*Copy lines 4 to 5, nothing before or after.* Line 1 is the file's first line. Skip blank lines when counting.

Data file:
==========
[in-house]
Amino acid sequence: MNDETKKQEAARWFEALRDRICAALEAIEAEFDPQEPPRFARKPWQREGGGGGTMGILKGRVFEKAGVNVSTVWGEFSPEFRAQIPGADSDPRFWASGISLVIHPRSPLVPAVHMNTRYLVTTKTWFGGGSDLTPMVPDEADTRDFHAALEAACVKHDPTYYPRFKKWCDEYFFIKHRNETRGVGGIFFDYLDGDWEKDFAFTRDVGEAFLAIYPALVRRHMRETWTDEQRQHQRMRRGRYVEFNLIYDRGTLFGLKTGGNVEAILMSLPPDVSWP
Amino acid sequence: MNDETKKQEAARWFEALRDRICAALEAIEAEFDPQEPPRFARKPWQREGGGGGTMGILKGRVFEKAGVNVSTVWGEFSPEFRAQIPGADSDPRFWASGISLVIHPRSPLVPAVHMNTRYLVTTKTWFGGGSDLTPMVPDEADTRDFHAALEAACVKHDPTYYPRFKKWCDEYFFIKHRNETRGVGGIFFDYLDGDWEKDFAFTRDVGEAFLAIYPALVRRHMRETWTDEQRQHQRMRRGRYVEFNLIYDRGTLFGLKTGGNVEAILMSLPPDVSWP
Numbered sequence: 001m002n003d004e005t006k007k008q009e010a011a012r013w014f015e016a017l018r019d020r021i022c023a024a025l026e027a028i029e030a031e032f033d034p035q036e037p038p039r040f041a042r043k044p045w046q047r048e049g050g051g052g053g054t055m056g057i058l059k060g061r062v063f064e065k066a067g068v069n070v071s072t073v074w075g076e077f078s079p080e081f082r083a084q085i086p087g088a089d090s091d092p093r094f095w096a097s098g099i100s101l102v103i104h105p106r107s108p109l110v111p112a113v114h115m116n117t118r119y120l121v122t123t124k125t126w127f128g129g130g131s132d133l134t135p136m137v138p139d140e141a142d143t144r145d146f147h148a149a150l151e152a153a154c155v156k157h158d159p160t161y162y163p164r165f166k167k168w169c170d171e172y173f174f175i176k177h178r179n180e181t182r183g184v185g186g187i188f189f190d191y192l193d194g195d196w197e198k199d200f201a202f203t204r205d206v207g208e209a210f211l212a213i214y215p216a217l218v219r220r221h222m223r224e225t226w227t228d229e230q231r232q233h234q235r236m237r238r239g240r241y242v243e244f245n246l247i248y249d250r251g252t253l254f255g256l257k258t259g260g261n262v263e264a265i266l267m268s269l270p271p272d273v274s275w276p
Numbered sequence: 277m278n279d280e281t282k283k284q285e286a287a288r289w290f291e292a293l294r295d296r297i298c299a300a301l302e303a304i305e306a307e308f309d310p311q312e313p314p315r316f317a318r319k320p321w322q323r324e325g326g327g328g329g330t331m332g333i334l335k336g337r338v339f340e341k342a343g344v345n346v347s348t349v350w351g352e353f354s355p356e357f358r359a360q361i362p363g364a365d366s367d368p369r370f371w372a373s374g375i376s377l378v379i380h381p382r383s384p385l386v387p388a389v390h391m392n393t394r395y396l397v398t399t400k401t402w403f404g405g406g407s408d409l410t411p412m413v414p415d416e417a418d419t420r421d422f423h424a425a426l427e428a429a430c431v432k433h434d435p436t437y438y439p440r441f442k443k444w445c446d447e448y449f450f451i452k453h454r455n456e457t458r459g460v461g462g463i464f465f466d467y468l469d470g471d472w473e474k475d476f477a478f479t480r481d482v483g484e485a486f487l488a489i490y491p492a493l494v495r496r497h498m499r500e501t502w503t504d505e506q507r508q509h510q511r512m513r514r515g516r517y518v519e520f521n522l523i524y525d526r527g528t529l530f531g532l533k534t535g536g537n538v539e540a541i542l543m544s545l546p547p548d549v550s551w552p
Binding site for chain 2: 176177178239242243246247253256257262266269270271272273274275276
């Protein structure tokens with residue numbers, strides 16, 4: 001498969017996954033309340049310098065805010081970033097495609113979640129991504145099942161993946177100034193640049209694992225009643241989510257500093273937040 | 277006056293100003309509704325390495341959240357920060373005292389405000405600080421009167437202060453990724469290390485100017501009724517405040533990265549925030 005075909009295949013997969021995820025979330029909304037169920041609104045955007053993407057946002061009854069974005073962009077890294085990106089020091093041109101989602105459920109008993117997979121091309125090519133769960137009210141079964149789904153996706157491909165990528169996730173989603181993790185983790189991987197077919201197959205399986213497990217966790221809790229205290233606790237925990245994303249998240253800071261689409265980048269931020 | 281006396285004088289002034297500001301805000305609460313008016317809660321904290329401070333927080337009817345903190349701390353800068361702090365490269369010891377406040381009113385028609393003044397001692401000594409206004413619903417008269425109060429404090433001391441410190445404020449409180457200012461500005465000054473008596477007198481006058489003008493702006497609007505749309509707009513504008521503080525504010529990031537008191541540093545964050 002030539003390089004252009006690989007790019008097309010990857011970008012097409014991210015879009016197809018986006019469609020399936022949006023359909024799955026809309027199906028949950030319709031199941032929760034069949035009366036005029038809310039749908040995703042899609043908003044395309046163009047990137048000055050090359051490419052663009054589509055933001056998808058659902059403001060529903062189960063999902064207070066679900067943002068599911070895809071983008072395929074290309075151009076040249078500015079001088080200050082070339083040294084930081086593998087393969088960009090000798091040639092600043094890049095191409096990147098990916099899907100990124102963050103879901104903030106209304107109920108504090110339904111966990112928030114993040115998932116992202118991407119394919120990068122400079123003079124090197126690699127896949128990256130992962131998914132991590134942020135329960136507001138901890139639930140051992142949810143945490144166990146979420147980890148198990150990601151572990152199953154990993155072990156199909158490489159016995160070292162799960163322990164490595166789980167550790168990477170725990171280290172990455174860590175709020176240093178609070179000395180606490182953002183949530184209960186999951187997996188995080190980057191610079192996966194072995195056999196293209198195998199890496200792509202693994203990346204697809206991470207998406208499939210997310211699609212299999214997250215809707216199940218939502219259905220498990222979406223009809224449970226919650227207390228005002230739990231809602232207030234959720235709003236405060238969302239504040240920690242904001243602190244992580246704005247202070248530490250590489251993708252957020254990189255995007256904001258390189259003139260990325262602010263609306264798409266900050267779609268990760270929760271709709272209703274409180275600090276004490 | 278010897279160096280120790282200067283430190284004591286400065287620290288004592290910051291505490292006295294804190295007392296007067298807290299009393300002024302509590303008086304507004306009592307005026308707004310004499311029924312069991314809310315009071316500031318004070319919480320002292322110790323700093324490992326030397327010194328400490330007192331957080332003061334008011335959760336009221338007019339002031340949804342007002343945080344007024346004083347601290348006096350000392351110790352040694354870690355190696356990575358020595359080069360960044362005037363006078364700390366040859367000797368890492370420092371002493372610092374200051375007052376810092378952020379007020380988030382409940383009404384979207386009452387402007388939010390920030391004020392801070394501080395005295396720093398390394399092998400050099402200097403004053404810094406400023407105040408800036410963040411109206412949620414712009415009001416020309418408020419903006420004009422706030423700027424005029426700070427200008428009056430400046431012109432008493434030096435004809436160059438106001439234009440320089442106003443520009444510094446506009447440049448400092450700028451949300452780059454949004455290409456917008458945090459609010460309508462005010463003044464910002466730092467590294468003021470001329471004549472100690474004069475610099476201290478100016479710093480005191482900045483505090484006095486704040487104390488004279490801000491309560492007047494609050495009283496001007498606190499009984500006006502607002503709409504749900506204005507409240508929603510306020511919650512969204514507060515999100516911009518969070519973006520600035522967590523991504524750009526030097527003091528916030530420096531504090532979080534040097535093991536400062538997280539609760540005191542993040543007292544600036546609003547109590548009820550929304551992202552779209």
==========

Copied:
Numbered sequence: 001m002n003d004e005t006k007k008q009e010a011a012r013w014f015e016a017l018r019d020r021i022c023a024a025l026e027a028i029e030a031e032f033d034p035q036e037p038p039r040f041a042r043k044p045w046q047r048e049g050g051g052g053g054t055m056g057i058l059k060g061r062v063f064e065k066a067g068v069n070v071s072t073v074w075g076e077f078s079p080e081f082r083a084q085i086p087g088a089d090s091d092p093r094f095w096a097s098g099i100s101l102v103i104h105p106r107s108p109l110v111p112a113v114h115m116n117t118r119y120l121v122t123t124k125t126w127f128g129g130g131s132d133l134t135p136m137v138p139d140e141a142d143t144r145d146f147h148a149a150l151e152a153a154c155v156k157h158d159p160t161y162y163p164r165f166k167k168w169c170d171e172y173f174f175i176k177h178r179n180e181t182r183g184v185g186g187i188f189f190d191y192l193d194g195d196w197e198k199d200f201a202f203t204r205d206v207g208e209a210f211l212a213i214y215p216a217l218v219r220r221h222m223r224e225t226w227t228d229e230q231r232q233h234q235r236m237r238r239g240r241y242v243e244f245n246l247i248y249d250r251g252t253l254f255g256l257k258t259g260g261n262v263e264a265i266l267m268s269l270p271p272d273v274s275w276p
Numbered sequence: 277m278n279d280e281t282k283k284q285e286a287a288r289w290f291e292a293l294r295d296r297i298c299a300a301l302e303a304i305e306a307e308f309d310p311q312e313p314p315r316f317a318r319k320p321w322q323r324e325g326g327g328g329g330t331m332g333i334l335k336g337r338v339f340e341k342a343g344v345n346v347s348t349v350w351g352e353f354s355p356e357f358r359a360q361i362p363g364a365d366s367d368p369r370f371w372a373s374g375i376s377l378v379i380h381p382r383s384p385l386v387p388a389v390h391m392n393t394r395y396l397v398t399t400k401t402w403f404g405g406g407s408d409l410t411p412m413v414p415d416e417a418d419t420r421d422f423h424a425a426l427e428a429a430c431v432k433h434d435p436t437y438y439p440r441f442k443k444w445c446d447e448y449f450f451i452k453h454r455n456e457t458r459g460v461g462g463i464f465f466d467y468l469d470g471d472w473e474k475d476f477a478f479t480r481d482v483g484e485a486f487l488a489i490y491p492a493l494v495r496r497h498m499r500e501t502w503t504d505e506q507r508q509h510q511r512m513r514r515g516r517y518v519e520f521n522l523i524y525d526r527g528t529l530f531g532l533k534t535g536g537n538v539e540a541i542l543m544s545l546p547p548d549v550s551w552p